From the 21st century, all the way back to the ancient period, Mexico City is loaded with Historic Sites and Buildings. In world history, pretty much the entire 17th and 18th centuries happened here - or at least passed through.
For constructions older than that, don't miss the section on Archaeological Sites. For anything newer than that, you're in the right place.
There are churches and monasteries and residential palaces - all in the most influential building styles of the time. In fact, people spend a lifetime, right here, still studying all the things that were built.
Many of the most prominent historic sites and buildings are arranged along noteworthy streets, were built on the edges of the city's hundreds of parks and public squares, or they're simply the places where something important happened.
There's not going to be an end either. Things just keep getting more interesting, more involved, and ever deeper. Whatever you're hoping to learn, you should find it here.
Giant housing for the giant see, it's still one of the most successful public housing complexes ever.
One of the original villages of Benito Juárez is almost lost, but for a tiny chapel.
Mexico's National College is dedicated to the free sharing of knowledge and learning.
One of the most curious of Mexico City art deco buildings, the Fronton sat abandoned for 20 some…
One of the city center's most illustrious former convents is still a sight to see.
A legendary old home livens up the south of the Plaza de Domingo.
The old customs building today shows off some the SEP's extensive art collection.
Just a few steps outside the south exits of the Mercado de Sonora...
The former seat of Tlalpan government is today a marvelous example of Porfirian architecture.
An unassuming corner on Talavera street was home to one of New Spain's most fiery insurrectionists.
Today, an antique bookseller shares space with an ancient canal-side loading dock.
A model home, meant to sell Diego Rivera a house of his own, it's the first truly "funcionalist"…
Barrio La Asunción is centered around the San Matias Church and Monastery, among the oldest in the city.
All that's left of the old monastery that named the neighborhood that's as "Mexico City" as any.
High in the hills near Ajusco, one Tlalpan town still keeps a reputation for independence and shelter.
Casa Chata is today the headquarters of a major public research house and publisher in Tlalpan.
Draws international visitors to concerts and sporting events like nowhere else, the Palace is still going strong.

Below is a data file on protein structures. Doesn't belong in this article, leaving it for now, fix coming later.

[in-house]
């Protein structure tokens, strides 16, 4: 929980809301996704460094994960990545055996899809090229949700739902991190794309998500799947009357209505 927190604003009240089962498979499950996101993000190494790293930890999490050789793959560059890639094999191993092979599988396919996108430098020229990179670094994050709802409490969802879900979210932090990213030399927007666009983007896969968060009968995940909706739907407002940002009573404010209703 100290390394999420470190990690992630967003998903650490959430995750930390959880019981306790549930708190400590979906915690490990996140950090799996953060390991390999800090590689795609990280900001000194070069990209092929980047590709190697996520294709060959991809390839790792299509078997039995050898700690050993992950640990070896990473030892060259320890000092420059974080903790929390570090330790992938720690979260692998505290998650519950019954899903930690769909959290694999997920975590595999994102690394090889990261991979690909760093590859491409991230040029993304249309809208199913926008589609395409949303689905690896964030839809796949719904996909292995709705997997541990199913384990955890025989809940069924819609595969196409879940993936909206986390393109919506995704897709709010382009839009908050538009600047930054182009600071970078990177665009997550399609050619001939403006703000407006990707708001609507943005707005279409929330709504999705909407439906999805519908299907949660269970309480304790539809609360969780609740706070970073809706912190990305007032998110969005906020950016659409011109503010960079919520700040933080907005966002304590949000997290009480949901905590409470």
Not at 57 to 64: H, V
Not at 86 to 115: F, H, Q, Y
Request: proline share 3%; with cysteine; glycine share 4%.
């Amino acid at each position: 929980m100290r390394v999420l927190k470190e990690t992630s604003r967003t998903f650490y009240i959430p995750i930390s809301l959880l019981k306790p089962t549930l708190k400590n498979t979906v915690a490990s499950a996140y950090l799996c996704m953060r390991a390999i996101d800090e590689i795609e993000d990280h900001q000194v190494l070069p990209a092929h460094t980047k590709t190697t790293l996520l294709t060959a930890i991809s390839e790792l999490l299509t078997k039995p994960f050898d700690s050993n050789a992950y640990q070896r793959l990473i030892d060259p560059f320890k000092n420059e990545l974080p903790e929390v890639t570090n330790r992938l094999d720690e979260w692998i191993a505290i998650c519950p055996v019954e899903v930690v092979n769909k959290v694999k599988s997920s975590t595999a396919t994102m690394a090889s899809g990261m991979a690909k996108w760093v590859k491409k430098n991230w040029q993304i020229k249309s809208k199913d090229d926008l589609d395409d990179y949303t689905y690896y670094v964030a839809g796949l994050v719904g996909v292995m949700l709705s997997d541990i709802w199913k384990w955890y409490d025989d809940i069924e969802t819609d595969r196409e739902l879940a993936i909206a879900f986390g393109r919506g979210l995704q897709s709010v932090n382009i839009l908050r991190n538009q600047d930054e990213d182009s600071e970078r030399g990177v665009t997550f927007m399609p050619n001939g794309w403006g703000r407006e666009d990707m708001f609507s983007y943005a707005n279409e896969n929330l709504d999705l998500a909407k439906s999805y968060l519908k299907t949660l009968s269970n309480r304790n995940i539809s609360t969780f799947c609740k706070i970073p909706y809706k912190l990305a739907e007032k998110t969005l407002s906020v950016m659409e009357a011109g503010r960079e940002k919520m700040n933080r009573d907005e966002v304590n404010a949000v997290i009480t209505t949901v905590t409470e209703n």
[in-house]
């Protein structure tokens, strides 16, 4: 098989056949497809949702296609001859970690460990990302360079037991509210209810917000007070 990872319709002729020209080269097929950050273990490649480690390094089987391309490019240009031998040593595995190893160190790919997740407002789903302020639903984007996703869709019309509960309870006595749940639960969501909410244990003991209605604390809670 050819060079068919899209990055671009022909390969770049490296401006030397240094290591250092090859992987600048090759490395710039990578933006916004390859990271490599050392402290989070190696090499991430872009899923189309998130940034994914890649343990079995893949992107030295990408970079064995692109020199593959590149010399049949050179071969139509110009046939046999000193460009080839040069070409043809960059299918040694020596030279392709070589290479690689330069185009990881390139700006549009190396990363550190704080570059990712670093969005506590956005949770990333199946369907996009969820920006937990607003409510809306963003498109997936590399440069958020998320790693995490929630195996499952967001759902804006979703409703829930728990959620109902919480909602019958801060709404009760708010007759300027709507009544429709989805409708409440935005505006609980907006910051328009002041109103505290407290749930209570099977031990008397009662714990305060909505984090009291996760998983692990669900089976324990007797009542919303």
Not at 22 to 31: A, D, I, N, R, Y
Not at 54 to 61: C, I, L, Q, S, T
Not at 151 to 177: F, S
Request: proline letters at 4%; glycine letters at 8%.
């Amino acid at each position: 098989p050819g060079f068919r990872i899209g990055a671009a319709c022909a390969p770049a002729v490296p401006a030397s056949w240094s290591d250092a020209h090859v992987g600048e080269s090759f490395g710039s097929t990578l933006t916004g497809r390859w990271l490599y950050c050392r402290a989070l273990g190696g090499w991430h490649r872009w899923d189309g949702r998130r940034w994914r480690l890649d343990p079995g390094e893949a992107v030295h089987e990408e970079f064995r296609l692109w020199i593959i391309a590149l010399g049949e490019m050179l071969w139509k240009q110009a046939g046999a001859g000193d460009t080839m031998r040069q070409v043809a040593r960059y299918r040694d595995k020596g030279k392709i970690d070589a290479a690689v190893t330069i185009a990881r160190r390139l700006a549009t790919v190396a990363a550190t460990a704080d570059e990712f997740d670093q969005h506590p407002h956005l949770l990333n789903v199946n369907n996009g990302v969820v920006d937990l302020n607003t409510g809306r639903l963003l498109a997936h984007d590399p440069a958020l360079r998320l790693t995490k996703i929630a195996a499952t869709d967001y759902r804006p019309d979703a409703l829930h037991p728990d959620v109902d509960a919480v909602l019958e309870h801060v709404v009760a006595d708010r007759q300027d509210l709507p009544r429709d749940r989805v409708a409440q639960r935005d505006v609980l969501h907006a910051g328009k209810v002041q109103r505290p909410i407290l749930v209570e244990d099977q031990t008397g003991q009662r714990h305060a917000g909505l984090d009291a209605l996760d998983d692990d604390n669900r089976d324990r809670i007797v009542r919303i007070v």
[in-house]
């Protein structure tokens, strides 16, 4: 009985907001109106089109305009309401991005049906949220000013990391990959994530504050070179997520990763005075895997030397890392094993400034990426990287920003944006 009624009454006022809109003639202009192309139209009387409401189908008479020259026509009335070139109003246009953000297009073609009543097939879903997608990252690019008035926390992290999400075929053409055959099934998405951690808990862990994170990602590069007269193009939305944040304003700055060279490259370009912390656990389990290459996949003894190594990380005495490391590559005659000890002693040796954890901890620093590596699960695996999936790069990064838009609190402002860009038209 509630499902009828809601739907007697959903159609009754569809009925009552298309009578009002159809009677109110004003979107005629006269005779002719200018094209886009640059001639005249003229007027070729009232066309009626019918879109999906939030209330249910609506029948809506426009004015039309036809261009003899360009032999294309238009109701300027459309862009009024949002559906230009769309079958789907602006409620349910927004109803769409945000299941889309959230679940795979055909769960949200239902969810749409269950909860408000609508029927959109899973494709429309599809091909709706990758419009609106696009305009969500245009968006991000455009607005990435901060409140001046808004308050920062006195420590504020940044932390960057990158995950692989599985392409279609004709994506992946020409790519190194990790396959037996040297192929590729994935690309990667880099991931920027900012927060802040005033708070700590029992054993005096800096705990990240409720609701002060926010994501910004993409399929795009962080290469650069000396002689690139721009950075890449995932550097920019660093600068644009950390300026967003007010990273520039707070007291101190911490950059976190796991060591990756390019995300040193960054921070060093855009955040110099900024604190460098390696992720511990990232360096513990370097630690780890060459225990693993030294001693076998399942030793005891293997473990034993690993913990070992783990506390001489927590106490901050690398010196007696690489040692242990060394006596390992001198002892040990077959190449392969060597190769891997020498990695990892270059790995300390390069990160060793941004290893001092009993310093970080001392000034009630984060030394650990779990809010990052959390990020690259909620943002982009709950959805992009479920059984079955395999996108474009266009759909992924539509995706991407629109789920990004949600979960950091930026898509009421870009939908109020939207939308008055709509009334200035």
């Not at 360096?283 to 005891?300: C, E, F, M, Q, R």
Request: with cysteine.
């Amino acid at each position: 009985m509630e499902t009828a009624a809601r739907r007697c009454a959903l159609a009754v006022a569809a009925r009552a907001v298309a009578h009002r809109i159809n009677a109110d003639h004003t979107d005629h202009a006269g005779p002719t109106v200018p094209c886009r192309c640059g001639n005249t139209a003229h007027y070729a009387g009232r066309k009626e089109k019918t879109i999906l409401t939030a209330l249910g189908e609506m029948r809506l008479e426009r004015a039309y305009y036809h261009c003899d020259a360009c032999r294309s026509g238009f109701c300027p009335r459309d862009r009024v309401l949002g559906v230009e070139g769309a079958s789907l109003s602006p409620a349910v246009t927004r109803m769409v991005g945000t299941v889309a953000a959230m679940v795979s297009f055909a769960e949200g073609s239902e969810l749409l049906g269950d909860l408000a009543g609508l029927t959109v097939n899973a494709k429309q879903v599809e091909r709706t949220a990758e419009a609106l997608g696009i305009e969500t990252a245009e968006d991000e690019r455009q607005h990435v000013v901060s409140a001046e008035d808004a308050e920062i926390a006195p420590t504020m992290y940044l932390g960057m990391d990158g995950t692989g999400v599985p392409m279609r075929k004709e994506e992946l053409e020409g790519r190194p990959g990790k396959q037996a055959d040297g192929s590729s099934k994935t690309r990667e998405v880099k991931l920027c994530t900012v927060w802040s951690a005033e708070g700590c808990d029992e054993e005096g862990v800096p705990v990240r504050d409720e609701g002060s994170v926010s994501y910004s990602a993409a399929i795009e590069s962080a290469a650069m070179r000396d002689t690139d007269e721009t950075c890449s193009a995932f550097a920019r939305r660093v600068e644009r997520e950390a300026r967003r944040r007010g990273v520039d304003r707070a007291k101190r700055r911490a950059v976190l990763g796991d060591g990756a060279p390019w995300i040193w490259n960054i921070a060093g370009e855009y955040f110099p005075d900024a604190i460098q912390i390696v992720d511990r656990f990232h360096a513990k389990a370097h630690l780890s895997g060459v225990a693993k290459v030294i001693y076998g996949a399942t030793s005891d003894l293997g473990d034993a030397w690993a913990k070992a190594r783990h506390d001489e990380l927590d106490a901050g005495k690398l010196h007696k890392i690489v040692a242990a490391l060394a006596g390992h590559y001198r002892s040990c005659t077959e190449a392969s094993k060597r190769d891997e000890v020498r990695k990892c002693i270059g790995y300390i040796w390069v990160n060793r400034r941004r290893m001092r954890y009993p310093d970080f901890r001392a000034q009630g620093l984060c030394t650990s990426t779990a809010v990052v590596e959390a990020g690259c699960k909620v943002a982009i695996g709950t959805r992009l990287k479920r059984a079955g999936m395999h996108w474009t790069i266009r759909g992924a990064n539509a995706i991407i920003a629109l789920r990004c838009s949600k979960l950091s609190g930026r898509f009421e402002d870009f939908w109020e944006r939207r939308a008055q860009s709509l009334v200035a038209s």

A bright spot in the dark streets of La Lagunilla, the Funnel is still pulling them in, for…
El Velodromo has seen more cyclists ride for a non-stop and very quick hour than nearly anyplace on…
A sublime Italian Renaissance style has greeted passersby for well nearly 120 years. Here's what it's about.
Carlos Obregón Santacilia's mysterious banking building helps to explain the Monument to the Revolution.
Far older than it looks, it's an original village right on the best part of the bikeway.
Tlatelolco's original school still teaches a lesson even hundreds of years later.
Among the oldest colonial buildings in the city, this one stands out for sheer austerity.
One more ages-old church in the farthest reaches of Tlatelolco...
One of Pedro de Arrieta's most lasting contributions to the look and feel of the City.
Delightfully rugged and whipped by the wind off the volcanos, some little towns are too much to miss.
One of the 18th Century's best examples of the new Neo-Classicism, a church holds its own in La…
Two palms stand out above a frenetic and busy street to mark one of the area's oldest churches.
In the shadows of the Plaza San Lucas, a dramatic history is redeemed in symmetry.
The predecessor to San Pablo el Nuevo, today it's part of the Hospital Juárez Centro.
A breathtaking stretch of late-18th-century housing leaves almost nothing to the imagination.
One of the most distinctive buildings in the entire city, the Insignia Tower has taken on another life.
Like a gaunt recollection of past conflict, a hard-fought for parish stands out in its own period's harshest…
One of the great mysteries of the northern Centro Histórico is a wood framed church & hospital.